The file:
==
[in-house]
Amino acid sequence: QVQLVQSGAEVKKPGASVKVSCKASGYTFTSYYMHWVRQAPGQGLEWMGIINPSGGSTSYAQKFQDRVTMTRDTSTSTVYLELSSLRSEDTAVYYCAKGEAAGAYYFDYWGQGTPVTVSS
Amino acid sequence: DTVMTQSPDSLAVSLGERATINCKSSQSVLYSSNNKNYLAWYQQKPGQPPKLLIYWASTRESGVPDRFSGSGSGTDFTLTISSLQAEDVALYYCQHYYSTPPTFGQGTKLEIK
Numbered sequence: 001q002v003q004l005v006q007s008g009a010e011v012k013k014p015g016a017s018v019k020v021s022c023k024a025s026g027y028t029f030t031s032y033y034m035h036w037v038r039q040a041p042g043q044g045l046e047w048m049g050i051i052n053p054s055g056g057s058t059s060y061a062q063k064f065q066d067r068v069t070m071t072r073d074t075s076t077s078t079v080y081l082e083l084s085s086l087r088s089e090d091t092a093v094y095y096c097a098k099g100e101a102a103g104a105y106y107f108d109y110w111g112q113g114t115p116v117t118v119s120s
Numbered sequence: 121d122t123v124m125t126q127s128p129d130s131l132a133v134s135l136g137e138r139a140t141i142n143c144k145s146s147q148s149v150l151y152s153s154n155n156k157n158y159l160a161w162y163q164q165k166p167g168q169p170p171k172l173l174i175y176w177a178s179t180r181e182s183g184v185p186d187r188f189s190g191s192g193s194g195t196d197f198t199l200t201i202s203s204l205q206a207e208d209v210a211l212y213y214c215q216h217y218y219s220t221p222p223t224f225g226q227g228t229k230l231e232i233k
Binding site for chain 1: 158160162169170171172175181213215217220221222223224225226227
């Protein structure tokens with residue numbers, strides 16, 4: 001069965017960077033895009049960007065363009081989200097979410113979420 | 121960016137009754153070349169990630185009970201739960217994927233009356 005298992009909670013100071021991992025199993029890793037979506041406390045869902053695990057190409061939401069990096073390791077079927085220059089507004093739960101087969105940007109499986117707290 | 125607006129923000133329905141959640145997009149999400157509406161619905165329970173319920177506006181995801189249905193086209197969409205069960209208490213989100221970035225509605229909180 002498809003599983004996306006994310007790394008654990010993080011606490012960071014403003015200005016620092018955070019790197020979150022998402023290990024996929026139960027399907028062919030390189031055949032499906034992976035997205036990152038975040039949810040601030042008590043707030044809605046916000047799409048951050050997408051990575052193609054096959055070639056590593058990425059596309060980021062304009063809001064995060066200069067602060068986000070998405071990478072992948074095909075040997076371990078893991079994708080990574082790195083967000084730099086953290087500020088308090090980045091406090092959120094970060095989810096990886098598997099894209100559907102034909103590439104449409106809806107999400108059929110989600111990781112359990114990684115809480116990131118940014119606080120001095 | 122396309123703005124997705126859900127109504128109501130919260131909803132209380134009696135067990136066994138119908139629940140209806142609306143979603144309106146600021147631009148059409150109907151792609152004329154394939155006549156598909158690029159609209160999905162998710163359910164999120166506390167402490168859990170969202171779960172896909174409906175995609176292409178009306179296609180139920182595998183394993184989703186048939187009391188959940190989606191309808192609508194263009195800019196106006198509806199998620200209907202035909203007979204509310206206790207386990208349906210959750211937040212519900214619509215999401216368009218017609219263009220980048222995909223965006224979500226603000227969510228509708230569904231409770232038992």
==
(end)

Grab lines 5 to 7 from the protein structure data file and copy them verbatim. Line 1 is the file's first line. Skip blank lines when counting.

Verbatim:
Numbered sequence: 121d122t123v124m125t126q127s128p129d130s131l132a133v134s135l136g137e138r139a140t141i142n143c144k145s146s147q148s149v150l151y152s153s154n155n156k157n158y159l160a161w162y163q164q165k166p167g168q169p170p171k172l173l174i175y176w177a178s179t180r181e182s183g184v185p186d187r188f189s190g191s192g193s194g195t196d197f198t199l200t201i202s203s204l205q206a207e208d209v210a211l212y213y214c215q216h217y218y219s220t221p222p223t224f225g226q227g228t229k230l231e232i233k
Binding site for chain 1: 158160162169170171172175181213215217220221222223224225226227
């Protein structure tokens with residue numbers, strides 16, 4: 001069965017960077033895009049960007065363009081989200097979410113979420 | 121960016137009754153070349169990630185009970201739960217994927233009356 005298992009909670013100071021991992025199993029890793037979506041406390045869902053695990057190409061939401069990096073390791077079927085220059089507004093739960101087969105940007109499986117707290 | 125607006129923000133329905141959640145997009149999400157509406161619905165329970173319920177506006181995801189249905193086209197969409205069960209208490213989100221970035225509605229909180 002498809003599983004996306006994310007790394008654990010993080011606490012960071014403003015200005016620092018955070019790197020979150022998402023290990024996929026139960027399907028062919030390189031055949032499906034992976035997205036990152038975040039949810040601030042008590043707030044809605046916000047799409048951050050997408051990575052193609054096959055070639056590593058990425059596309060980021062304009063809001064995060066200069067602060068986000070998405071990478072992948074095909075040997076371990078893991079994708080990574082790195083967000084730099086953290087500020088308090090980045091406090092959120094970060095989810096990886098598997099894209100559907102034909103590439104449409106809806107999400108059929110989600111990781112359990114990684115809480116990131118940014119606080120001095 | 122396309123703005124997705126859900127109504128109501130919260131909803132209380134009696135067990136066994138119908139629940140209806142609306143979603144309106146600021147631009148059409150109907151792609152004329154394939155006549156598909158690029159609209160999905162998710163359910164999120166506390167402490168859990170969202171779960172896909174409906175995609176292409178009306179296609180139920182595998183394993184989703186048939187009391188959940190989606191309808192609508194263009195800019196106006198509806199998620200209907202035909203007979204509310206206790207386990208349906210959750211937040212519900214619509215999401216368009218017609219263009220980048222995909223965006224979500226603000227969510228509708230569904231409770232038992």